Last Men?

I had a discussion with a friend about the climate change (which I think should really be named as The Global Climate Catastrophe, just to point out the urgency). For some reason, the possibility of the death of the entire human race came up, and the non-zero possibility that my child might be there to witness it.

The thought is so painful that I have no words. So instead I must borrow the words from Olaf Stapledon's Last and First Men - the epic story of humanity through the aeons, and the final thoughts of the last men:

But one thing is certain. Man himself, at the very least, is music, a brave theme that makes music also of its vast accompaniment, its matrix of storms and stars. Man himself in his degree is eternally a beauty in the eternal form of things. It is very good to have been man. And so we may go forward together with laughter in our hearts, and peace, thankful for the past, and for our own courage. For we shall make after all a fair conclusion to this brief music that is man.


I've tried denial - that is, not thinking about my child perhaps seeing that. Usually works. :~(

--Pare, 30-Oct-2009

From "Roxie", by Robert Reed

She has become an absolutely wonderful dog. Her mind remains sharp and clear. One morning, she acts a little confused about where we are going, but that's the lone exception to an exceptionally lucid life. When I give commands, she obeys. But there is very little need to tell her what to do. Every walk has something worth smelling. The weather has been perfect, and neither of us is in a hurry anymore. Halfway to the park, we come upon an elderly couple climbing out of an enormous sedan. They're in their eighties, maybe nineties, and the frail little woman says to my dog, "You are so beautiful, honey."

I thank her for both of us and go on.

The park lies to our right, beginning with a triangle on public ground where people bring their dogs trhoughout the day. Roxie does her business in one of the traditional places. I congratulate her on a fine-looking poop. Then we continue walking, heading due north, and at some point it occurs to me that it would be fun to change things up. We could walk down into the pine trees standing beside the golf course. But since I'm not sure that she's strong enough, I say nothing. Not a hint about what I want to do. Yet when we reach our usual turning point, Roxie keeps on walking, not looking back at me as we pass the old maintenance building and start down a brief steep slope.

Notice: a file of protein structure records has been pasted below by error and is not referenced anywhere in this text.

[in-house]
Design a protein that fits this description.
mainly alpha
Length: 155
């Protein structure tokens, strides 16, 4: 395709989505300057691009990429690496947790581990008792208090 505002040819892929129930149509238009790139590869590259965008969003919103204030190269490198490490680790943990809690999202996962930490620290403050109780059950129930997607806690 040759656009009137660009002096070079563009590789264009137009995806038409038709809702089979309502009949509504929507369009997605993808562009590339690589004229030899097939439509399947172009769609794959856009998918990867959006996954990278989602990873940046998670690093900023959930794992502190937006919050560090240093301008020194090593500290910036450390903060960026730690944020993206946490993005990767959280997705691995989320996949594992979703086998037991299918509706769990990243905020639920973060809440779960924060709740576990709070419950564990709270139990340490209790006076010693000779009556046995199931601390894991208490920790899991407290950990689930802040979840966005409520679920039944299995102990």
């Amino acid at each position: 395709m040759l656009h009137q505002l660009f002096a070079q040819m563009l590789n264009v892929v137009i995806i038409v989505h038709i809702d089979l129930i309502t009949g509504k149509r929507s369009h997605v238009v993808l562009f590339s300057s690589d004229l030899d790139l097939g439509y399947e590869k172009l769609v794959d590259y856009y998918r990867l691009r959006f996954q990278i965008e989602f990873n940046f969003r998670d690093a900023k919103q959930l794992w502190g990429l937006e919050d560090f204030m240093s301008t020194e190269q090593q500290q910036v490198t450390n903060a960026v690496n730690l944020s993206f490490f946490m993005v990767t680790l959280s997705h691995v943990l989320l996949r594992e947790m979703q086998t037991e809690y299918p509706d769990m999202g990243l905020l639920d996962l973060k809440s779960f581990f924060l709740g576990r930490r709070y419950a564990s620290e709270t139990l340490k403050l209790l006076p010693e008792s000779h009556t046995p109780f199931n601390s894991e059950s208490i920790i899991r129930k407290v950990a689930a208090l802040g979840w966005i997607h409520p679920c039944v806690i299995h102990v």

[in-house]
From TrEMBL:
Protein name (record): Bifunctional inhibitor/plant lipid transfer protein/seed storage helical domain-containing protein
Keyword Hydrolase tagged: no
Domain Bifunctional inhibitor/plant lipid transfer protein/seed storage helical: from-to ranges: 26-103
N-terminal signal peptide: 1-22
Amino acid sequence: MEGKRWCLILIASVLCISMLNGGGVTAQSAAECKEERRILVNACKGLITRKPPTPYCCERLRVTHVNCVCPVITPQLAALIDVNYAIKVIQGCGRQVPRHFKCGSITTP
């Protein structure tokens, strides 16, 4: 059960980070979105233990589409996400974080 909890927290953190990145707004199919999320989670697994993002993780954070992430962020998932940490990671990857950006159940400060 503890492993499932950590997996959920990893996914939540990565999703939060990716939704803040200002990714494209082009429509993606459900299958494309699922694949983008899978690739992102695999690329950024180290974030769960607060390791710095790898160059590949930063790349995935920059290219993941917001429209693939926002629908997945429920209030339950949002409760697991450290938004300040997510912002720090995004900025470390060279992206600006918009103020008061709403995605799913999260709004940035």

Coincidence, or did she read my mind?

Whatever the reason, we move slowly into the pines, down where the long shadows make the grass cool and inviting, am I am crying again, thinking what a blessing this is, being conjured out of nothingness, and even when that nothingness reclaims us, there remains that unvaquished honor or having once, in some great way or another, having been alive...

--AnonymousCoward, 08-Nov-2009

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"Main_blogentry_301009_1" last changed on 30-Oct-2009 00:16:44 EET by JanneJalkanen.